Announcing our co-mentorship: mia susan amir and Heidi Taylor


PTC is pleased to welcome our longtime friend and colleague mia susan amir into a co-mentorship with Artistic & Executive Director Heidi Taylor. As PTC’s Dramaturgy Research Associate, mia will advise on inclusive process design for our upcoming WrightSpace residency, and bear witness to the residency in December. Heidi will support mia’s development of access protocols and visioning for future projects. As part of mia’s research, she is visiting disability arts practitioners across the country to exchange practice and foreground the integration of aesthetics and inclusion.

This work is supported by the Canada Council for the Arts, and the BCAC. Her research is further supported through an LMDA Bly Creative Fellowship, for her project, Unsettling Dramaturgy, exploring the intersections between Crip and Indigenous dramaturgical process design in the studio, on the stage, and in the street. Look for opportunities to participate in Unsettling Dramaturgy later this winter. We look forward to deepening PTC’s knowledge and skills through this collaboration.

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mia susan amir (she/her/hers) was born in Israel/Occupied Palestine. She is a queer, Crip and Mad Jew of mixed Ashkenazi and Sephardic ascent who lives and works as an uninvited settler on the unceded and occupied territories of the x?m?θkw?y??m (Musqueam), Skwxwu?7mesh (Squamish), and S?l?i?lw?ta?/Selilwitulh (Tsleil-Waututh) Nations, otherwise known as, Vancouver, BC.

mia works at the intersection of creative and community practice as an educator, cultural organizer, writer, director, dramaturg, and theatre artist creating immersive, interdisciplinary works. Much of her practice centres around explorations of the ways in which sociopolitical events are manifest in the space of the individual and collective body, and the body of the land, resulting in narrative hauntings, which she calls Dybbuk Consciousness. mia is interested in how theatre offers a prefigurative space to respond to the conditions currently shaping our world, to imagine new ways of organizing power for all human and non-human beings, to challenge and expand perception, to unearth relationship, and to engage in democratic narrative production, starting from the site of physical sensation.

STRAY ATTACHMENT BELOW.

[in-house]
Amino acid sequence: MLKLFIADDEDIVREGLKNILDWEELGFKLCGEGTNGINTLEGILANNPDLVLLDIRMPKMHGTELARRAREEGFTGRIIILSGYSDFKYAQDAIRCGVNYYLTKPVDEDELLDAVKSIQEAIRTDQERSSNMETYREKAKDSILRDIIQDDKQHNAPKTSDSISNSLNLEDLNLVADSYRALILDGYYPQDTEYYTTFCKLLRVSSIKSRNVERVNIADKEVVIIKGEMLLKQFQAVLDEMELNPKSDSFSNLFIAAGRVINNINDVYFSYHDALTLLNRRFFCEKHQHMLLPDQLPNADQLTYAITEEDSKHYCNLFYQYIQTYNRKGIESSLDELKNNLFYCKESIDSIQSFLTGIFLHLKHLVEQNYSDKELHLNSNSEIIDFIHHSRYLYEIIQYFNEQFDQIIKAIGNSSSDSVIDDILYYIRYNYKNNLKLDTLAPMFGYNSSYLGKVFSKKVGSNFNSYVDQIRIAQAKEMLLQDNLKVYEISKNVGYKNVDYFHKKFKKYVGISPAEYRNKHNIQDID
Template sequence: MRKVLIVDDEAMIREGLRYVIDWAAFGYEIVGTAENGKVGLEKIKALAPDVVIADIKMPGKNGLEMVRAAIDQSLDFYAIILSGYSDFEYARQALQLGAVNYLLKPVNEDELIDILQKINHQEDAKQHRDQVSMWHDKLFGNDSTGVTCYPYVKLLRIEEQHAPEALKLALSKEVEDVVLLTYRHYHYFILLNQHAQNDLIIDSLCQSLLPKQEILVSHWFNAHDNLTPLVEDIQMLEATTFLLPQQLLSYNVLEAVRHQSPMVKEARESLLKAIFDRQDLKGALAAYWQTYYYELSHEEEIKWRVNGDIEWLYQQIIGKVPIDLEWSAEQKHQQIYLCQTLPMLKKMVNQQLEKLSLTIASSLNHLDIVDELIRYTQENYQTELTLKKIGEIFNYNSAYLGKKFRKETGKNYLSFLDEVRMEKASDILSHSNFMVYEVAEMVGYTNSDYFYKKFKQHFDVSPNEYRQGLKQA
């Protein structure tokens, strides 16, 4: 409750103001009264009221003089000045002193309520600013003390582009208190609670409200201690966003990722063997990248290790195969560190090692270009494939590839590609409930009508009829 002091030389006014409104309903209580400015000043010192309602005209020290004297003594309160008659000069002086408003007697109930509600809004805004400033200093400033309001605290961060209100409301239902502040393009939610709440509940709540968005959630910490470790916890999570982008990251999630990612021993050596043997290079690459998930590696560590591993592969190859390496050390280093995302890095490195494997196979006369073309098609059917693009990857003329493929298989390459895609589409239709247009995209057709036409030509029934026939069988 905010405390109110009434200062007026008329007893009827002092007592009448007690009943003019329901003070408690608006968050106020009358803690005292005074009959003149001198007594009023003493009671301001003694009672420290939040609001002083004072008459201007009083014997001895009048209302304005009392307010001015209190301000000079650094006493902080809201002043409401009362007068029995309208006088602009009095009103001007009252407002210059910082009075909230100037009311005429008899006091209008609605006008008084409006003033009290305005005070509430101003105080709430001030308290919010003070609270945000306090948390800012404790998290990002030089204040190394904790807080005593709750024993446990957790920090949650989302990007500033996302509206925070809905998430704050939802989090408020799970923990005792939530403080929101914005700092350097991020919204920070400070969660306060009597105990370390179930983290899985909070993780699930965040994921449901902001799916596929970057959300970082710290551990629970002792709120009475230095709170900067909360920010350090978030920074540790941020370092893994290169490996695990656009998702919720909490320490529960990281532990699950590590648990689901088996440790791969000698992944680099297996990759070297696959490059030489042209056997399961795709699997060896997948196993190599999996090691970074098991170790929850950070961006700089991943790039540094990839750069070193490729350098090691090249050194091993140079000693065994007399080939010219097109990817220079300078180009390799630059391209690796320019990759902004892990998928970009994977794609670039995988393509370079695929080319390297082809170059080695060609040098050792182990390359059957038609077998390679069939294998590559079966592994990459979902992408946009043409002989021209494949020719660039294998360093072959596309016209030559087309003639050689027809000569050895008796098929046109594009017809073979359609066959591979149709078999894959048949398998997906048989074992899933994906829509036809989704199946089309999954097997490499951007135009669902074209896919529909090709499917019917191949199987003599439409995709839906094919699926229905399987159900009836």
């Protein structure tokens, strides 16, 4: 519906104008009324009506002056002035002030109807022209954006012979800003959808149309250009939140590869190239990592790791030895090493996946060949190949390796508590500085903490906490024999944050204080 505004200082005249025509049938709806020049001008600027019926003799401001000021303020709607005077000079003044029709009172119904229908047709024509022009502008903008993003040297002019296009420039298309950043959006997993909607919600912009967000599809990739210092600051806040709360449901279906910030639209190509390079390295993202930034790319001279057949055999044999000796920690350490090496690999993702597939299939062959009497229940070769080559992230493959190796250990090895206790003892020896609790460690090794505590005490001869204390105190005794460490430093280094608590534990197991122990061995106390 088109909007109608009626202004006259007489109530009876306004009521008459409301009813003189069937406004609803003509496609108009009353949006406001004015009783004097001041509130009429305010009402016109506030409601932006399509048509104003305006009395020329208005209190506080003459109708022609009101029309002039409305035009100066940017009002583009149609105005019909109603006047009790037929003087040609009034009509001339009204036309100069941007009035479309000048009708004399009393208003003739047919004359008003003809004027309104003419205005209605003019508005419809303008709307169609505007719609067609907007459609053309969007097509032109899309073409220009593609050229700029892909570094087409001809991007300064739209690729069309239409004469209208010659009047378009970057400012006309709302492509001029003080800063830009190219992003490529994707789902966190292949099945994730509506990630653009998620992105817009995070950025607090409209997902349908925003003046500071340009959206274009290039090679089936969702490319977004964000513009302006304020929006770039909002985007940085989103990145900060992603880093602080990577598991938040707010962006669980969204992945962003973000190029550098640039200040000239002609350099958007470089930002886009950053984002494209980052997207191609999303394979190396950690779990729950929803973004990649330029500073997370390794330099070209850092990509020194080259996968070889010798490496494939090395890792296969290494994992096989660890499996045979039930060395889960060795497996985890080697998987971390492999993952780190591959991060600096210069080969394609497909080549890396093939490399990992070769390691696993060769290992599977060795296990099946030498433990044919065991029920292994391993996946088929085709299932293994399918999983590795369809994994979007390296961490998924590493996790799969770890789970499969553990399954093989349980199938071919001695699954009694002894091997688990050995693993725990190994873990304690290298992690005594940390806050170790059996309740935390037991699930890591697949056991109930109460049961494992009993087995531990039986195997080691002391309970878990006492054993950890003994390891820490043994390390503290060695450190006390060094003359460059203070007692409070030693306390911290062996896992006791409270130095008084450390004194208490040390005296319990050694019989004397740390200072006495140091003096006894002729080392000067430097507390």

mia has been involved in the creation of works for the stage, and works for unconventional performance settings: parks, sidewalks, beaches, parking lots. In her work she draws from her training in somatics, creative writing, performance art, autoethnography, ancestral embodiment, and site-specific/responsive design. mia sees materials, space, and place as collaborators. Her practice, hybrid in form, engages juxtaposition as a critical strategy to bring breath to the unnamed, or ineffable.

Select works include: Geologic Formations (rEvolver, FestivALT); Obscura Lucida: The Land of My Body, co-created with T ’uy’tanat-Cease Wyss (Vines Arts Festival Commission); Across the Salty Waters (Feminist Art Conference); Transmissions: Bodies/Echoes/Ash (Grinn City Collective, Allied Media Conference); The Co(Lab) Showing: An Indigenous Crossroads Laboratory (Urban Ink). As the 2007/8 Artist in Residence with Neworld Theatre, mia wrote her first full length work for theatre, The Map to Zochrot. mia’s work has been developed with the support of the Banff Playwrights Lab, and the Canada Council for the Arts. Recent credits include: Lame… Is (Sick + Twisted Theatre); Burqa Boutique (Virago Play Series); Setting Bones, 2017 Vancouver Fringe New Play Prize (PTC/Kalik); Saving Mother (Vines Arts Festival Commission, The Only Animal); Wyspa (Vancouver Fringe Festival); Umizoko (The Only Animal). mia’s writing/thinking has appeared on HowlRound, SpiderWebShow, Lemon Hound, Digging Through the Fat, and in Sustenance: An Anthology of Writers from B.C. and Beyond on the Subject of Food, Anvil Press. A featured poet of the 2018 Art Song Lab, she collaborated with composer Patrick McGraw in the creation of, City.

A recipient of the LMDA 2018 Bly Creative Fellowship, mia’s current research explores the intersections between Crip and Indigenous dramaturgical practices in the studio, on the stage, and in the street. mia holds an MFA in Creative Nonfiction from Mills College, traditional Ohlone Territory, Oakland, CA. She is the Creative Director of The Story We Be.